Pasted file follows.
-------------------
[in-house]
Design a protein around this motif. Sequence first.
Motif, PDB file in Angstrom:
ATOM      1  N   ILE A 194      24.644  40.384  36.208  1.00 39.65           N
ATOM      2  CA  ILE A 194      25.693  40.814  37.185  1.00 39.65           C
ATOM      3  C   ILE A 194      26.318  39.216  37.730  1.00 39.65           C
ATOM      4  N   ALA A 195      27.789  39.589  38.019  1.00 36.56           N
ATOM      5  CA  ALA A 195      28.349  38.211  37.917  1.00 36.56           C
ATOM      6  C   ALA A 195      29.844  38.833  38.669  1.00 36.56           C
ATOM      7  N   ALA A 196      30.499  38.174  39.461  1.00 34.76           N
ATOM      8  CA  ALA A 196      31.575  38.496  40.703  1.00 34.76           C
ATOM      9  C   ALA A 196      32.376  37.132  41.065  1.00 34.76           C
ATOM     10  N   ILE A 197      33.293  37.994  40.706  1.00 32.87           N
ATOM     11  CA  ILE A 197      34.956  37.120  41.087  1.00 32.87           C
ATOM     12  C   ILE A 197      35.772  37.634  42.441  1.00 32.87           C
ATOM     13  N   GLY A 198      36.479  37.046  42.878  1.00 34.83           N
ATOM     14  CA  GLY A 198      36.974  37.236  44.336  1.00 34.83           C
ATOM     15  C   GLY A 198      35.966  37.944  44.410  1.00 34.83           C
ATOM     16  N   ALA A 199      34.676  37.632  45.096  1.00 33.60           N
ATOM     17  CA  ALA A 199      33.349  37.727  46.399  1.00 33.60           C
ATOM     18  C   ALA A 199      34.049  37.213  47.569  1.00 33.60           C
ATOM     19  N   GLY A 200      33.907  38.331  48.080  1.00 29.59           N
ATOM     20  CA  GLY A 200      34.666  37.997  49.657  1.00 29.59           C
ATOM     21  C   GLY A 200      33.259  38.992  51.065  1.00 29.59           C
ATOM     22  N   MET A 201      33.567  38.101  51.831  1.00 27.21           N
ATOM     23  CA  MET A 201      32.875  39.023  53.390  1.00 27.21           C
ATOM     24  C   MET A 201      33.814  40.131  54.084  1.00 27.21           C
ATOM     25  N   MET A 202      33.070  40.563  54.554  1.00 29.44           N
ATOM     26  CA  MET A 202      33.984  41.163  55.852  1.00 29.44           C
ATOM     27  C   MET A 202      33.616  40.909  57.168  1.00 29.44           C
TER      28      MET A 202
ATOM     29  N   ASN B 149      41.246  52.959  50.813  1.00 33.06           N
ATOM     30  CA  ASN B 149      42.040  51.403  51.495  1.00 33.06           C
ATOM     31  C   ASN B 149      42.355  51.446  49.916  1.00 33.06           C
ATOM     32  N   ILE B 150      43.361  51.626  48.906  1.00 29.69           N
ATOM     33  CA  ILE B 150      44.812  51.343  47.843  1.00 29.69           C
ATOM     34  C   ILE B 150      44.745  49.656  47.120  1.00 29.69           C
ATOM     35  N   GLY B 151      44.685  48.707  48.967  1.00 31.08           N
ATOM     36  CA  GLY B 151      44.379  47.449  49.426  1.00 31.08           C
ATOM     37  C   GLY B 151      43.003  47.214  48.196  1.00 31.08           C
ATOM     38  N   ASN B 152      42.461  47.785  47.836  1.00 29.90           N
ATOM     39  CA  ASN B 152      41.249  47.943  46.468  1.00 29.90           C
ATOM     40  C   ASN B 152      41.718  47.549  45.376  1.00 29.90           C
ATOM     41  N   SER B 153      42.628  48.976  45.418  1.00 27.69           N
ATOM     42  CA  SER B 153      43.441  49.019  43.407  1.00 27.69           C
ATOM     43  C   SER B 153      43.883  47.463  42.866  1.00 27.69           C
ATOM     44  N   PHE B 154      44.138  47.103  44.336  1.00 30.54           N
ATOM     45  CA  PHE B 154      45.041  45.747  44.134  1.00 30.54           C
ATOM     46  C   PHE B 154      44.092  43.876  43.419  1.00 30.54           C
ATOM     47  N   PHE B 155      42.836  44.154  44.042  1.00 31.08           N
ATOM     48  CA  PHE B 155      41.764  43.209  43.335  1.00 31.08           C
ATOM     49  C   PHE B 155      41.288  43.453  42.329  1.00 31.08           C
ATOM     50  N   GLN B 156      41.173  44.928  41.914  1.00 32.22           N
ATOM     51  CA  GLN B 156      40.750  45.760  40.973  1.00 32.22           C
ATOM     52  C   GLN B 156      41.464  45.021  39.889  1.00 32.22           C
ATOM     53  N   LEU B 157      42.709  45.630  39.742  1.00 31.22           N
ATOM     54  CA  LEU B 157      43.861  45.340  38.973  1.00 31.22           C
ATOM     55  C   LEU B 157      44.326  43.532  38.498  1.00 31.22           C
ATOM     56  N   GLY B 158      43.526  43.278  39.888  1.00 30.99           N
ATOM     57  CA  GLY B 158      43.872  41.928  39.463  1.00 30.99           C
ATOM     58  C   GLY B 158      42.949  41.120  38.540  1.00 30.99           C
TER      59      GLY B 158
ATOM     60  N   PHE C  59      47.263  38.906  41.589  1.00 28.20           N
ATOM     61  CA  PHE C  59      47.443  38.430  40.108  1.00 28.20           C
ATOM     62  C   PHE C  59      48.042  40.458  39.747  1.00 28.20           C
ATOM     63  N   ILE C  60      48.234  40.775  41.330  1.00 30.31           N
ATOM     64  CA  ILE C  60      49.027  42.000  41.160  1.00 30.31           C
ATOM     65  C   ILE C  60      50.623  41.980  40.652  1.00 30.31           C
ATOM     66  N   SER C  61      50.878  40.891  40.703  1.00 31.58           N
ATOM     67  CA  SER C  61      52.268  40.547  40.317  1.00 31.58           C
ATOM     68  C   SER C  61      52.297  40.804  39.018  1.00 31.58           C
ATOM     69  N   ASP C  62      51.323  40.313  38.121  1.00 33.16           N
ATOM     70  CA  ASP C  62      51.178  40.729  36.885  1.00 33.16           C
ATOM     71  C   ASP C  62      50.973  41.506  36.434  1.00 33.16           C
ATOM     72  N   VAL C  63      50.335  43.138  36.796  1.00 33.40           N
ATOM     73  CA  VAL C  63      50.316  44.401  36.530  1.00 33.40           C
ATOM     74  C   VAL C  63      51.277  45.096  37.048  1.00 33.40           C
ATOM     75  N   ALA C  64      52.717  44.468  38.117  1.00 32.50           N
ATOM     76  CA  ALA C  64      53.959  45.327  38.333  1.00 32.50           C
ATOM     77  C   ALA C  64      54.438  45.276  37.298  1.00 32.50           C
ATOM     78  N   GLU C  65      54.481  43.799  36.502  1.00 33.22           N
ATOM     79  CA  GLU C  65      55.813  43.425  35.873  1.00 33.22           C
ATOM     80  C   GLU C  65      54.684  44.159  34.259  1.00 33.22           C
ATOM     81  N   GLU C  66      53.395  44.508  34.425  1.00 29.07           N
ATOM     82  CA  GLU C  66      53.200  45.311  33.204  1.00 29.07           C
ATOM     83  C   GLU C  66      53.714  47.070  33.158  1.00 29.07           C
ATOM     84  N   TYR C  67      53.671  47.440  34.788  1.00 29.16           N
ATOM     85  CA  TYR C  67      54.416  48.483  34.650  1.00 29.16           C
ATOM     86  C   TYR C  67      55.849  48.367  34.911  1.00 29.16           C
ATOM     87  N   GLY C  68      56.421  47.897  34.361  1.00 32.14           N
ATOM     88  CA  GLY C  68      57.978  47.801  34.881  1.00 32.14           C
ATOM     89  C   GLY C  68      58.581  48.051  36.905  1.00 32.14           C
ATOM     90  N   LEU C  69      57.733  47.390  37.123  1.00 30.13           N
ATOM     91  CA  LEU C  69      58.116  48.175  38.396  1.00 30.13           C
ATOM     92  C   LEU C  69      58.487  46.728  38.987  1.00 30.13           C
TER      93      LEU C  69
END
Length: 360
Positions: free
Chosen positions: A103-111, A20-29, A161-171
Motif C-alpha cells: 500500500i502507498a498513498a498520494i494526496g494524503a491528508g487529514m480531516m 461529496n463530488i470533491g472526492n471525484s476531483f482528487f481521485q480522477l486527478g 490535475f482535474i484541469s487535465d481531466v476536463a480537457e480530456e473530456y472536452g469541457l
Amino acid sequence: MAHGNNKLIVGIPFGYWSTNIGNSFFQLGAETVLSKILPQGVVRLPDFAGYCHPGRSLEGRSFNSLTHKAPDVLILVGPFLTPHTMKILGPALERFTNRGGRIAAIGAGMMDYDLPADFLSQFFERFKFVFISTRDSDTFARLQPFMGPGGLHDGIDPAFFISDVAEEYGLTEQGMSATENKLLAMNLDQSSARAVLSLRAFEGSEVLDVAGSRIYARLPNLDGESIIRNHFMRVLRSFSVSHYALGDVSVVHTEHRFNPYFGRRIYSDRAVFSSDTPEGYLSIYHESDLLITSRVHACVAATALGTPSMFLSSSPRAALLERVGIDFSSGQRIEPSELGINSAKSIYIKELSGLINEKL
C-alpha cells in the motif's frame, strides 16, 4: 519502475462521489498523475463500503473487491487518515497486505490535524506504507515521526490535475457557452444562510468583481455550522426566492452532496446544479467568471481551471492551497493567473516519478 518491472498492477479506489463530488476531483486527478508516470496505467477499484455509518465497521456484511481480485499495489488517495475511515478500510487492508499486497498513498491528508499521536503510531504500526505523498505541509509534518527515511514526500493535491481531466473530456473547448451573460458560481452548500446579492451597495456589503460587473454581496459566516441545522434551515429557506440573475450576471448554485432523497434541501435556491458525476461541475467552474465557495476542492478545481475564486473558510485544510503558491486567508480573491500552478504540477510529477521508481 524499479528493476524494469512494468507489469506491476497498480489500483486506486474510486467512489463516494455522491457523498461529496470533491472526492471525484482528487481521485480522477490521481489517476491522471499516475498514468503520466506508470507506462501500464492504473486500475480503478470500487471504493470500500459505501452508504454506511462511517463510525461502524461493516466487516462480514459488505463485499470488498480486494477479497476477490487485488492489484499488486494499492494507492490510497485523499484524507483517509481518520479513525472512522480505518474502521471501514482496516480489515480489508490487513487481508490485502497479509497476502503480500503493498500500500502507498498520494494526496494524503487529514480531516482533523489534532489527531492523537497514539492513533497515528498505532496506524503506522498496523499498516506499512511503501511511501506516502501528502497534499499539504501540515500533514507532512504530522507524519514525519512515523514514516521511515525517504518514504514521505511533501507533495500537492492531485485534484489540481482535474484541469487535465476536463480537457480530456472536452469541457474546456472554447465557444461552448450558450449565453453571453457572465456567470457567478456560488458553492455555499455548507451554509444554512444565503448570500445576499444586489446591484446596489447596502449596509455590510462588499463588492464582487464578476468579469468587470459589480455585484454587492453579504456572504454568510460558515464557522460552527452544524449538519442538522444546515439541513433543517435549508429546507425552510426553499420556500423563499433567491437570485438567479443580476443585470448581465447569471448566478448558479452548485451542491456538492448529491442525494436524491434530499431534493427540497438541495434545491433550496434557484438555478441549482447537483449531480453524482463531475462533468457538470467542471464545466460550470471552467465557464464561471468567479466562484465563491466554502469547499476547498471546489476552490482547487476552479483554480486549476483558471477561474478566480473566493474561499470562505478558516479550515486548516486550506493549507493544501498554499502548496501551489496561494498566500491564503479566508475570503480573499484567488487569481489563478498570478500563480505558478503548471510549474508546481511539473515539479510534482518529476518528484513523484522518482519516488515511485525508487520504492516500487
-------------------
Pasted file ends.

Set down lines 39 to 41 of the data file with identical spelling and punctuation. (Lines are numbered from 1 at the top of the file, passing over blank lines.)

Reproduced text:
ATOM     36  CA  GLY B 151      44.379  47.449  49.426  1.00 31.08           C
ATOM     37  C   GLY B 151      43.003  47.214  48.196  1.00 31.08           C
ATOM     38  N   ASN B 152      42.461  47.785  47.836  1.00 29.90           N